Music Supports Mental Health: NAMI Mental Health Awareness Month

As we celebrate Mental Health Awareness Month, we examine the benefits of musical study to supporting mental health. The relationship between health and music has been studied for centuries. As early as 1918, James Frederick Rogers stated in Music as Medicine that “the means employed in this art always have been of two kinds: first, those appealing to the senses, and, through these doorways of the nervous system, by accompanying changes of consciousness […which] usually goes by the name of mental treatment.” (Rogers, 365) He discusses the benefits of music on physical health as well, but our focus will remain with psychological benefits this month. He notes that art has an impact on consciousness because it appeals to our senses and therefore shapes the way we experience the world. When experiencing music as an audience, our response is shaped primarily by what we see and hear. When practicing music performance, however, we also affect our tactile sensations. Grounding techniques used to treat responses like panic rely heavily on sensation, and learning to focus on what you feel as you use your instrument can help to quiet responses to other stimuli.

Of course, statements like those from Rogers have supported the development of Music Therapy as a current treatment method, and music therapists around the world work to help patients recover from significant events and assist with hospice.

Gary Ansdell and Tia DeNora performed a study on musical pathways, and one of their study participants shared her thoughts on her experience with music:

Sophie: “Music and music therapy has been the support and driving force of my treatment and continuing recovery. The continuity, unconscious nurturing and support to my confidence and mental health has been a key to where I am now. It has bridged and supported every step to enable me to progress—in a way that no other therapy has managed in such an all-inclusive way.” (MacDonald, Kreutz, Mitchell, 101)

Research is an excellent support for any idea, but personal testimony allows us to connect with a real application of research and to see how an individual like us has been able to improve her life through the presence of music. Sophie’s observations reflect the holistic way music can aid mental health maintenance and progress. While she experienced these benefits through music therapy as a patient, there are other ways to gain the same holistic wellness through music without a prescription. For those of us simply studying music as part of an educational program or extracurricular activity, there are benefits to every day wellness in each lesson and practice session.

Singers, brass players, and wind players all learn early in their training that breath is the foundation of technique and performance. All musicians are aware of breath as it relates to the time signature of a piece, and conductors of ensembles frequently use it to indicate entrances. Have you ever been anxious or upset and been reminded to take a deep breath? Nancy Zi introduces Chi Yi breathing techniques in The Art of Breathing with the reminder that “In the process of disciplining and controlling breathing, you direct your mental attention inward, thus minimizing or even eliminating external distractions.” (Zi, 25) Music students learn to control their breath and focus when tacking performance anxiety and redirection of nervous energy to musical engagement, which helps to alleviate emotional distress and anxiety as much as the tactile sensations of playing instruments can. Adults often hear “leave it at the door” in reference to outside stressors in the workplace. We all know the “why.” We want to be focused on our work to maximize our productivity and impact. Additionally, workplace and classroom stressors can interfere with success, and we must find ways to combat all of these stressors. Musical study offers us a “how” that equally applies to the workplace and the classroom.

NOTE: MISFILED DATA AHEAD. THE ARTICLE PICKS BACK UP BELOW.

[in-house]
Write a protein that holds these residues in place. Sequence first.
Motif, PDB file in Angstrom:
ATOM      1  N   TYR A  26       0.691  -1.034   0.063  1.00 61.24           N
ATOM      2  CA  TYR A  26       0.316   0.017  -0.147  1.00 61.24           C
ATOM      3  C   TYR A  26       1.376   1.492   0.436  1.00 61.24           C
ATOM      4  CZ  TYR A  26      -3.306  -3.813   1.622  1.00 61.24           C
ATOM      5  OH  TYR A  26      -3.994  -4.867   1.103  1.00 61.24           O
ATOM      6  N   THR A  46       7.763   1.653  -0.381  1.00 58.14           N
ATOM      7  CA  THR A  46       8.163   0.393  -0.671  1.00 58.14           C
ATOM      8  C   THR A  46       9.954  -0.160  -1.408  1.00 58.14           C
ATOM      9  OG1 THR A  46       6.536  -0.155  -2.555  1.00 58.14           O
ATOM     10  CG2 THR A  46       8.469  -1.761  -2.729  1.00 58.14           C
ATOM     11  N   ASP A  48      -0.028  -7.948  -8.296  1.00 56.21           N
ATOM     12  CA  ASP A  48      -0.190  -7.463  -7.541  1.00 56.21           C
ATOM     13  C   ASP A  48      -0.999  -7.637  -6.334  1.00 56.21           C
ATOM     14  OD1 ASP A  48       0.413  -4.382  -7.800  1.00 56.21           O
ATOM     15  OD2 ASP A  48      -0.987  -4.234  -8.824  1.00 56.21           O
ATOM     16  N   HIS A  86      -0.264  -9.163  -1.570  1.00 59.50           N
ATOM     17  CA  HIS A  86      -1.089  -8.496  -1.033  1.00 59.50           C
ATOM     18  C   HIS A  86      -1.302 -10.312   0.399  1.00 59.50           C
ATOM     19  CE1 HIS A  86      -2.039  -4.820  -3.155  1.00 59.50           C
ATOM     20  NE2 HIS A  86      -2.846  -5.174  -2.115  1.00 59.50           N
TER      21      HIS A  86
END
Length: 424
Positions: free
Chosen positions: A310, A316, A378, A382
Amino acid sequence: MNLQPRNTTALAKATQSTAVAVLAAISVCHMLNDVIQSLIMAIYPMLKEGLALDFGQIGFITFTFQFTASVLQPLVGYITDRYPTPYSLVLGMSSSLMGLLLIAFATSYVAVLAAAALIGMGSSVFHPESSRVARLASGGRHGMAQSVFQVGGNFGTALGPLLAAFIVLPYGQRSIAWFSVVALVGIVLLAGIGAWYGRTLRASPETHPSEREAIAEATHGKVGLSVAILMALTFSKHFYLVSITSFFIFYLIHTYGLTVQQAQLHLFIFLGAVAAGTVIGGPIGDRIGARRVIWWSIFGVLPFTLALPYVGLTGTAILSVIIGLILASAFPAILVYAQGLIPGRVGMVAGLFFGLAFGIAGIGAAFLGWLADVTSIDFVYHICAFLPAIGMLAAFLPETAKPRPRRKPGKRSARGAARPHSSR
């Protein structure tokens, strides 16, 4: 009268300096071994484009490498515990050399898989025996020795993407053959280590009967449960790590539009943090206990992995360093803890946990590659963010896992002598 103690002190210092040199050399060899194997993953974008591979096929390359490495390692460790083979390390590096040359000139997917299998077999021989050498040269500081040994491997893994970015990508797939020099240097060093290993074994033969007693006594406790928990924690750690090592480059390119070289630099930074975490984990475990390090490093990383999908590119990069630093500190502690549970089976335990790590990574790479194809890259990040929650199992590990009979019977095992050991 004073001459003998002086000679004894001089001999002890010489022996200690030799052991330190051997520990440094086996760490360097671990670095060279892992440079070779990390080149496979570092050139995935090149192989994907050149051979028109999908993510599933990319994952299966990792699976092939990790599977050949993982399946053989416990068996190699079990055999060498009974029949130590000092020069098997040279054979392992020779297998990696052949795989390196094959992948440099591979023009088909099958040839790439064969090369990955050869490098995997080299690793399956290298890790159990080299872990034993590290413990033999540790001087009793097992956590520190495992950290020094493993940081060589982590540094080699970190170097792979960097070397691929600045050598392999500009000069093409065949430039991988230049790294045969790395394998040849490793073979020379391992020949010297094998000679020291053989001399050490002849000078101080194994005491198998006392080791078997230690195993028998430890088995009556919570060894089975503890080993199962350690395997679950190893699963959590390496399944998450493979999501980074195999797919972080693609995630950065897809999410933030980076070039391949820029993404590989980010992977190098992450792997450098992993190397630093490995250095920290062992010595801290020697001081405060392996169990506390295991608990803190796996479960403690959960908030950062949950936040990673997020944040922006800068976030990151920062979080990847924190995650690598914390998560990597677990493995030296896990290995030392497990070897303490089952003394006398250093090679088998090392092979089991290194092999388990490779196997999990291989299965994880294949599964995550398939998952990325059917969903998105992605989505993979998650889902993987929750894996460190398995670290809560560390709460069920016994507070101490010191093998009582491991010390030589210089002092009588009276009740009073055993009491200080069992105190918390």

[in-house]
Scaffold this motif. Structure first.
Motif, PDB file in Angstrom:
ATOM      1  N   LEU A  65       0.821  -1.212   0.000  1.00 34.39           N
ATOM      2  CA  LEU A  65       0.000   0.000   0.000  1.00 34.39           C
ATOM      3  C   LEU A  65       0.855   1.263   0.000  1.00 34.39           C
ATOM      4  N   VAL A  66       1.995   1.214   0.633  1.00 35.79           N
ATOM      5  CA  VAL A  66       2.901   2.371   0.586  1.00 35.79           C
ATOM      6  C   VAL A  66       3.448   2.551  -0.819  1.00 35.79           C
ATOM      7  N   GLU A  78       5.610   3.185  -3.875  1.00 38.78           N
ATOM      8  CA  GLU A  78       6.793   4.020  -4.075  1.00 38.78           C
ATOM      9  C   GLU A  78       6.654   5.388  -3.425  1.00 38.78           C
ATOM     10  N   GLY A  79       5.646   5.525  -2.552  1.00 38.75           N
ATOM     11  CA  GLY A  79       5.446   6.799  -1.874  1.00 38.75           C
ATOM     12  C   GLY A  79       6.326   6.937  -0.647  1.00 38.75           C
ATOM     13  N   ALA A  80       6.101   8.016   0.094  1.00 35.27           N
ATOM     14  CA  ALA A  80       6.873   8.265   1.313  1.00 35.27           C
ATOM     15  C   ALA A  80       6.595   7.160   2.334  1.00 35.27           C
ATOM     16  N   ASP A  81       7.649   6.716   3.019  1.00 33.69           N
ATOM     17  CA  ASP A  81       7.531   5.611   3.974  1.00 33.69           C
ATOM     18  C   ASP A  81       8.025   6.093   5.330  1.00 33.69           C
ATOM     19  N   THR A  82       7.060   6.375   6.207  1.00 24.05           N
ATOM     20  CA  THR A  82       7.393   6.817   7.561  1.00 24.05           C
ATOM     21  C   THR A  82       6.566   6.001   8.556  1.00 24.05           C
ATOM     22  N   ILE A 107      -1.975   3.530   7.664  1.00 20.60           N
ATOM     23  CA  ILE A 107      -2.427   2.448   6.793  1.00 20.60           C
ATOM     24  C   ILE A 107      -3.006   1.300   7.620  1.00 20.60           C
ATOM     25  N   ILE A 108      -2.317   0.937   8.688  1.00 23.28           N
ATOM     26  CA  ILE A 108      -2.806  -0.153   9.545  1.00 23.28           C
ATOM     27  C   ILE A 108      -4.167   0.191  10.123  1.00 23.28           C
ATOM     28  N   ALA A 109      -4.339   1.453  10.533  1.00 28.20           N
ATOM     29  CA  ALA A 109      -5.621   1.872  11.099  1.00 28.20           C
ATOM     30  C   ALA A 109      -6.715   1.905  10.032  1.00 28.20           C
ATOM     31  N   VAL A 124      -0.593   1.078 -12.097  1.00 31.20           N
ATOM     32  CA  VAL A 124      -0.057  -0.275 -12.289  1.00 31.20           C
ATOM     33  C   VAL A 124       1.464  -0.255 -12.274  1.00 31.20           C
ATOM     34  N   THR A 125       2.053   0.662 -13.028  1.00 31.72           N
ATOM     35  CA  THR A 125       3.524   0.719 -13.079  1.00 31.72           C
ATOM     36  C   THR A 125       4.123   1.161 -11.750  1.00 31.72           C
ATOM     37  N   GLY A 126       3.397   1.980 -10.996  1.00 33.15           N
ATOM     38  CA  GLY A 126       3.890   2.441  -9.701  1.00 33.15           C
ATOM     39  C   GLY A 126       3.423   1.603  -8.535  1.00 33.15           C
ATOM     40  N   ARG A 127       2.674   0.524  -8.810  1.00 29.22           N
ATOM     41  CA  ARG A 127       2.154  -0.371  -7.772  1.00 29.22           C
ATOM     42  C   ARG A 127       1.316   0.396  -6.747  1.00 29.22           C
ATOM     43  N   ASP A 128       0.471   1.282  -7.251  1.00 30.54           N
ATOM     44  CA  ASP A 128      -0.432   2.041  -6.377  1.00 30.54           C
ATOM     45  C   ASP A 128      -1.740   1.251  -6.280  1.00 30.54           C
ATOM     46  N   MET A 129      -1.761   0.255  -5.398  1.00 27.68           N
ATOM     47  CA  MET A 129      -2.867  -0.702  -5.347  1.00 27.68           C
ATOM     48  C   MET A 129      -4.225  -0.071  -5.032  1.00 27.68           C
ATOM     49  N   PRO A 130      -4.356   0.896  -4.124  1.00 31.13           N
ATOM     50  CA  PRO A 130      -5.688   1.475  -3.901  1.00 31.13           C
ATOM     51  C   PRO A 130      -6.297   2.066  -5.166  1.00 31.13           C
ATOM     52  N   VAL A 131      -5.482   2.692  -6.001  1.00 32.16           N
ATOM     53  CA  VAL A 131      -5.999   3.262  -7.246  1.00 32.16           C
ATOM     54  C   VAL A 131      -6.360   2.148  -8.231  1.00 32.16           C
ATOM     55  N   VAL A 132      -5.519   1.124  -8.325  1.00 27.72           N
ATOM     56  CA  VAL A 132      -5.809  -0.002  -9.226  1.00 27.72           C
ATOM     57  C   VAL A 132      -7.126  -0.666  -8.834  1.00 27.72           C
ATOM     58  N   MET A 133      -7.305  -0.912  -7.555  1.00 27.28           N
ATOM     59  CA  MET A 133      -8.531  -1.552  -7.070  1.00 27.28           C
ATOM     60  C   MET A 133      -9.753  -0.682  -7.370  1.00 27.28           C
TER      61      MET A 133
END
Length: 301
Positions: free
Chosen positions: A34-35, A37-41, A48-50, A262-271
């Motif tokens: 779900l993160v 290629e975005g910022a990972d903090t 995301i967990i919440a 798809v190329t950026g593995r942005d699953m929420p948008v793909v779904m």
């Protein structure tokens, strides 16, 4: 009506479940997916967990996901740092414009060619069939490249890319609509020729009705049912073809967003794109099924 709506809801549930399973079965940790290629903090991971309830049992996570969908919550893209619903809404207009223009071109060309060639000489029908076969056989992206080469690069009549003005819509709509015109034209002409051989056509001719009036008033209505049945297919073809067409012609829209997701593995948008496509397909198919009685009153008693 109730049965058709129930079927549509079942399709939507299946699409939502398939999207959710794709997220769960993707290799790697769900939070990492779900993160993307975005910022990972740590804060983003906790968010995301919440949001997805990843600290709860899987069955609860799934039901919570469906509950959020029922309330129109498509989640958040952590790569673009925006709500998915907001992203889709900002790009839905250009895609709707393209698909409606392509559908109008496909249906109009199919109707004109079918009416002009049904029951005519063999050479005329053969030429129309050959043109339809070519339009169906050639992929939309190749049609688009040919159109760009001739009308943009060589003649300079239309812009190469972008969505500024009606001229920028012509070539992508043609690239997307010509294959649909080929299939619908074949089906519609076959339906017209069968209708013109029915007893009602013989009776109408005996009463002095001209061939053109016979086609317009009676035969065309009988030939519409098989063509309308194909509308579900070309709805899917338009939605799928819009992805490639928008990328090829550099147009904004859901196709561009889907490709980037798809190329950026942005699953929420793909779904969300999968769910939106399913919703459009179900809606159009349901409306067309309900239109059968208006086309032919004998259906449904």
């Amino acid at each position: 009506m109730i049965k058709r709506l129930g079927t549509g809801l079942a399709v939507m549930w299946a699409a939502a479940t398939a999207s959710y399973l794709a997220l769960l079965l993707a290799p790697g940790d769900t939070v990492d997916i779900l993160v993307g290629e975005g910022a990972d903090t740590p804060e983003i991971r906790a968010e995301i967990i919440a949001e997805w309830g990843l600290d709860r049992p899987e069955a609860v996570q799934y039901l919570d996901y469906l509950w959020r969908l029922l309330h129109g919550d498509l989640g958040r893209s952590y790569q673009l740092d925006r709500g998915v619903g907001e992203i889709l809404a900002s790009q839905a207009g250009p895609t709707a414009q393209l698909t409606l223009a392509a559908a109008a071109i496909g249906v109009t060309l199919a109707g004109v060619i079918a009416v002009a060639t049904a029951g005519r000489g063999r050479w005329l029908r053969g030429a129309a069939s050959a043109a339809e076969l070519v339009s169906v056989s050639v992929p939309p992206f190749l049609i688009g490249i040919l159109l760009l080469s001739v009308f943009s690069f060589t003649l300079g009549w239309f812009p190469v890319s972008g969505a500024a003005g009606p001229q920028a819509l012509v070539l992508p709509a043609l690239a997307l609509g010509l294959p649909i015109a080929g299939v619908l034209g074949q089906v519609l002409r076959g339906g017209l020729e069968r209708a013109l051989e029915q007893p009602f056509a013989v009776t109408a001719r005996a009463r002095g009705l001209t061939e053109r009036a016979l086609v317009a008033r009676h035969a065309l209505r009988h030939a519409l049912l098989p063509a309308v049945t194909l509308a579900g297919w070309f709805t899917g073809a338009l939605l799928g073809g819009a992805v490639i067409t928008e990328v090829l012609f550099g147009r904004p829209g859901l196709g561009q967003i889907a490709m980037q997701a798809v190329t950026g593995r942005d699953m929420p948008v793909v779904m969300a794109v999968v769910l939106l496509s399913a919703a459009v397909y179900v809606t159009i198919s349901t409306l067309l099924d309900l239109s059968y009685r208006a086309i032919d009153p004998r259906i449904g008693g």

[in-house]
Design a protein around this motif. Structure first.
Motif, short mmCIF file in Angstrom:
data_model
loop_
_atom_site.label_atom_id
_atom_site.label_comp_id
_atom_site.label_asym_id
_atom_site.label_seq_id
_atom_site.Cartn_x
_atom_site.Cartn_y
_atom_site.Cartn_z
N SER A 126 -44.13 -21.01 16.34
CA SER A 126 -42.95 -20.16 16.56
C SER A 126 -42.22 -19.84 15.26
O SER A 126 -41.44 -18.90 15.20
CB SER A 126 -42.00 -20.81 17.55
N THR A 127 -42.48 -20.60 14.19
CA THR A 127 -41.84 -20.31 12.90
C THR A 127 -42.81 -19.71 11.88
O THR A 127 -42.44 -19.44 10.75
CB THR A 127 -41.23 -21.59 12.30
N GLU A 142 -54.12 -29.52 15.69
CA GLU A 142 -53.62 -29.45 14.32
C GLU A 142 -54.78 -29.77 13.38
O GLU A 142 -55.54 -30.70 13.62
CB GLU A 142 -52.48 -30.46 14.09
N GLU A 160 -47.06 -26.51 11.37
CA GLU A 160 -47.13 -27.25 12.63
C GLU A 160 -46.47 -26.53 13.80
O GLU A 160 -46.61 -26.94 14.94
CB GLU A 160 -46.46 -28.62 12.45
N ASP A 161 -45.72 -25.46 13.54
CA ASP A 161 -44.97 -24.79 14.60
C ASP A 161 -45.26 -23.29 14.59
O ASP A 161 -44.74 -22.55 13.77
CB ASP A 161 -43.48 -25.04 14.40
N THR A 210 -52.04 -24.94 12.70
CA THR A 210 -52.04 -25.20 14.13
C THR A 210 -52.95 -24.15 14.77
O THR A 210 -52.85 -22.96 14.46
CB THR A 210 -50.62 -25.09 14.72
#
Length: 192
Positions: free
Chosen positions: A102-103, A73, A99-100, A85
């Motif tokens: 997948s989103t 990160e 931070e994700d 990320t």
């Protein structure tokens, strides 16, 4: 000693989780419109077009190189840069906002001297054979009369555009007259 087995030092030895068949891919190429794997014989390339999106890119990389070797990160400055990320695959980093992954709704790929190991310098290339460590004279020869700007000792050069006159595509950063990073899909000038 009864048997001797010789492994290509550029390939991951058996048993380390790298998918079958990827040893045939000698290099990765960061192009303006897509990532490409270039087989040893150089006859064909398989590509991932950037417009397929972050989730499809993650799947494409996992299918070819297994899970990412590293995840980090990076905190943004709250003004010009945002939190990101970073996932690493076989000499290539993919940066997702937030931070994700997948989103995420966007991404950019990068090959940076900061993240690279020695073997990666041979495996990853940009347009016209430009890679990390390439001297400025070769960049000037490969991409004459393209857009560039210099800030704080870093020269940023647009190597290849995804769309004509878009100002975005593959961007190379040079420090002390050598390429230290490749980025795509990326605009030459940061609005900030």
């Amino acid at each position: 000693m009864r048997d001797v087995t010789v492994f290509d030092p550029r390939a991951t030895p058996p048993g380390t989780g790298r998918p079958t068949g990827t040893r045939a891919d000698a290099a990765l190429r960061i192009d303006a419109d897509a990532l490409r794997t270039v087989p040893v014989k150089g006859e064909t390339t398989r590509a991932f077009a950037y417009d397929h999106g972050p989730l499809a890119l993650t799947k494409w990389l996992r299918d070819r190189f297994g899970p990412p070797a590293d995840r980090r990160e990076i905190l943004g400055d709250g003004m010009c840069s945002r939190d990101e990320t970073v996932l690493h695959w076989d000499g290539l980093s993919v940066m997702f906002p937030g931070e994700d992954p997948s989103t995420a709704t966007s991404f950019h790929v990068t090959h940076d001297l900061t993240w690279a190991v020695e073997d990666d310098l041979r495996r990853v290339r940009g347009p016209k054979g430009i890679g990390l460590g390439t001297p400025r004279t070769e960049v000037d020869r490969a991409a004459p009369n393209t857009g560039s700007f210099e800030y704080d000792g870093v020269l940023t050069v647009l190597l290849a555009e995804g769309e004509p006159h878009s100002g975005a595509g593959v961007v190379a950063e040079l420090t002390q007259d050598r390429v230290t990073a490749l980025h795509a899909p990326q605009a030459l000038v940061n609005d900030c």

Our mental health is impacted by pressures to succeed, and perfection as a goal can have a detrimental effect on wellness. David Bayles and Ted Orland discuss how art forms like music positively impact our relationship with perfectionism in Art and Fear. We know that concentration on the sensations of music making provides grounding. Bayles and Orland add that “For you, the seed for your next art work lies embedded in the imperfections of your current piece.” (Bayles&Orland, 31) Music and other arts allow participants to embrace process and imperfection, alleviating societal and personal pressures through shifting focus to the ever important “how” in another way. Through learning to acquire and refine musical skills, we learn that giving our attention to the methods and process through which we produce our work is the key to producing a quality result while alleviating the pressures of result oriented environments.

If you’re the employee who frequently brings work home or the parent of a student struggling to cope with school stress, assigning some of that “worry time” to music lessons and practice could help you to regain and maintain wellness. This month, devote that time and energy to self care, and your mental health will thank you.


– MacDonald, Kreutz, and Mitchell. Music, Health, and Wellbeing. Oxford, 2012.

– Rogers, James Frederick. “Music as Medicine”. The Musical Quarterly. Vol 4. No. 3. Pg. 365-375. Oxford,1918.

– Zi, Nancy. The Art of Breathing. Vivi, 1994.

– Bayles and Orland. Art and Fear. Image Continuum Press, 2001.